I am stuck at the Post Office, should nothing else come up, for the next seven or eight years. I like it well enough, I suppose. The job varies from day to day, which makes it interesting enough though I walk the same 14 miles and visit the same 434 mailboxes and 17 businesses every day. I can stick with it as, indeed, I must. Delivering the mail gives me a pleasant feeling of doing good, which, I suppose, allows me a satisfaction that many people don’t get at their jobs.

But the feeling of missed opportunities plagues me. My friend Eddy Harris just finished a writing residence with the Saudi Arabia Culture of Ministry. The pictures he sent from the Kingdom made me envious and gave me a sense of despair. They reminded me of all the times I had been fearful enough to jump from the rock face for fear of missing my chance to fly. They also reminded me of how many times I held back, didn’t go all the way, and always constructed a safe means of escape for myself.

What would life have been for me had I acted out of bravery and courage rather than fear and anxiety? I didn’t continue in journalism after conditions at my newspaper became untenable because I was fearful of failing out in the world of national journalism. I didn’t stay in Germany when I lived there, in part, because I feared that I would fail at what I wanted to do at the time—become a winemaker. I haven’t taken trips because I feared I might wind up failing and finding myself alone in the landscape with nothing and no one to turn to—abandoned, dead in the sense that I couldn’t imagine the nothingness that comes from being alone and without options.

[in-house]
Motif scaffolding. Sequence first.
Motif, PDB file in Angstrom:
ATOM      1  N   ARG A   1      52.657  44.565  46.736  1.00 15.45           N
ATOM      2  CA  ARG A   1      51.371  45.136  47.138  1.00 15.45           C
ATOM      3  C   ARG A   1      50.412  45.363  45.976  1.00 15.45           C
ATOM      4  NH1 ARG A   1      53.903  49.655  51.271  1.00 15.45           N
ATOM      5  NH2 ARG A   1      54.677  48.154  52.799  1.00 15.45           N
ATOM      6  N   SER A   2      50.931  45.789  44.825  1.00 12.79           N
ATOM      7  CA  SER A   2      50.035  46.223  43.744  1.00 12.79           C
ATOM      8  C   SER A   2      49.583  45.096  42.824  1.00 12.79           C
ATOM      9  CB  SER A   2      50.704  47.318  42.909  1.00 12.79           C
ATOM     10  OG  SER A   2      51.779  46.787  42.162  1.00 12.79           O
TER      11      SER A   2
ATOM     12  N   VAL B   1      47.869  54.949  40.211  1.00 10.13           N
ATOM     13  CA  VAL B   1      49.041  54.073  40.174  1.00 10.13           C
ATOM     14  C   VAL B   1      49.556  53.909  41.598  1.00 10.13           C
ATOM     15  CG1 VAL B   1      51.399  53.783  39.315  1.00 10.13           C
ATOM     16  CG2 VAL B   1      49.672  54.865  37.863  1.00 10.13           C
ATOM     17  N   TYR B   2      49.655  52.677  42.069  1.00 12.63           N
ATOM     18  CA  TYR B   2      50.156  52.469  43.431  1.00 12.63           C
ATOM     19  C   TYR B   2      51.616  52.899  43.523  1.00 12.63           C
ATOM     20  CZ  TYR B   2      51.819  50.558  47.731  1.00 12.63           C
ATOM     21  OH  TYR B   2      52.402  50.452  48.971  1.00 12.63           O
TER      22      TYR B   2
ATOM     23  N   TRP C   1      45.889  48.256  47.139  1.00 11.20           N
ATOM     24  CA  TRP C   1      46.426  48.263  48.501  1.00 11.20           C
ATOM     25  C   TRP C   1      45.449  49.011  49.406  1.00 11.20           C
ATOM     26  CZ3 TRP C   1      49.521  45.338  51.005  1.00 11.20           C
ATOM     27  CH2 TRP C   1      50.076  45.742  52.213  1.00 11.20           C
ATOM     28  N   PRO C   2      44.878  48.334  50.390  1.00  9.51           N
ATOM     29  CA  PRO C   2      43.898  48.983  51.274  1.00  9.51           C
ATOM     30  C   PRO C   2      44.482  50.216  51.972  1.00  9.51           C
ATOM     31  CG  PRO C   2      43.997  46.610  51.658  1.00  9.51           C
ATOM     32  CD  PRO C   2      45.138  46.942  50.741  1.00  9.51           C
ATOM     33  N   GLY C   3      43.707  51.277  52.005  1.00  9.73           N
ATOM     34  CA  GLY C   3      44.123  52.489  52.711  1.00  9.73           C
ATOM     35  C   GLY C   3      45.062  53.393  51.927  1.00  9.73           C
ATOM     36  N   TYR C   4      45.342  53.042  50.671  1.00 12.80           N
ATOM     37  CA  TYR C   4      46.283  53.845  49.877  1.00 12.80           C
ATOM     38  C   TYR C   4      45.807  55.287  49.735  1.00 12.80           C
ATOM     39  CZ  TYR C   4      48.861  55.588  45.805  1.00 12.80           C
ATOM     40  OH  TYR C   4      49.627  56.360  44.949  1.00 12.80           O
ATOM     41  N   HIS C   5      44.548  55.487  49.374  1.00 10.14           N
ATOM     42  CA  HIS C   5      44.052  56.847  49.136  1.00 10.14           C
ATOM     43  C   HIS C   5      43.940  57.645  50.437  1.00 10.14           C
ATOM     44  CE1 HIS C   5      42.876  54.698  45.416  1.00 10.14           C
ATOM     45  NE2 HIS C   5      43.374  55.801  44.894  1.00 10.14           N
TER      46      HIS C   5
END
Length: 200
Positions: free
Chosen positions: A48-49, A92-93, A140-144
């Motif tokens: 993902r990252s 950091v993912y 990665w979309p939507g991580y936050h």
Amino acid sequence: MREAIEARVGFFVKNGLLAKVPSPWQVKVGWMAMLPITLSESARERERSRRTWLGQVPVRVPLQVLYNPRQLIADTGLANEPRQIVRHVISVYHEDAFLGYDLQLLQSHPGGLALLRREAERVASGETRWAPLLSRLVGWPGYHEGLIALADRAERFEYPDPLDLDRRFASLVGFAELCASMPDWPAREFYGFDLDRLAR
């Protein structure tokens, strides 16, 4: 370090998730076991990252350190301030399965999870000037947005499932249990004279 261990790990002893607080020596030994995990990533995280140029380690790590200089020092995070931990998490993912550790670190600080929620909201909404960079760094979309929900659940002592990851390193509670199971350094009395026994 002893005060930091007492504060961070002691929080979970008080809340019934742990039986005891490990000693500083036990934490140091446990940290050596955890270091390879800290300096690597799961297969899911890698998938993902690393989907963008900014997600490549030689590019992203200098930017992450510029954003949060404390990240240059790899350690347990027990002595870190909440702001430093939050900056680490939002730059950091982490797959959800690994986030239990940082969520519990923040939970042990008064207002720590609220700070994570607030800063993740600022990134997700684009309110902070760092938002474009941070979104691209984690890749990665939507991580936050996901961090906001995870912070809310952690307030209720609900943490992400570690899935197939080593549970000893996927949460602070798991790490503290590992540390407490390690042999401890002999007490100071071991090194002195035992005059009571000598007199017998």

Sure, I have done what many people consider to be wonderful things. But they seem to think that I am a brave person, that I wander through life with a sense of abandon and wonderment. In fact, I’m a coward. That’s not all bad. I might never have left or done or accomplished or attempted had I not been scared out of my wits.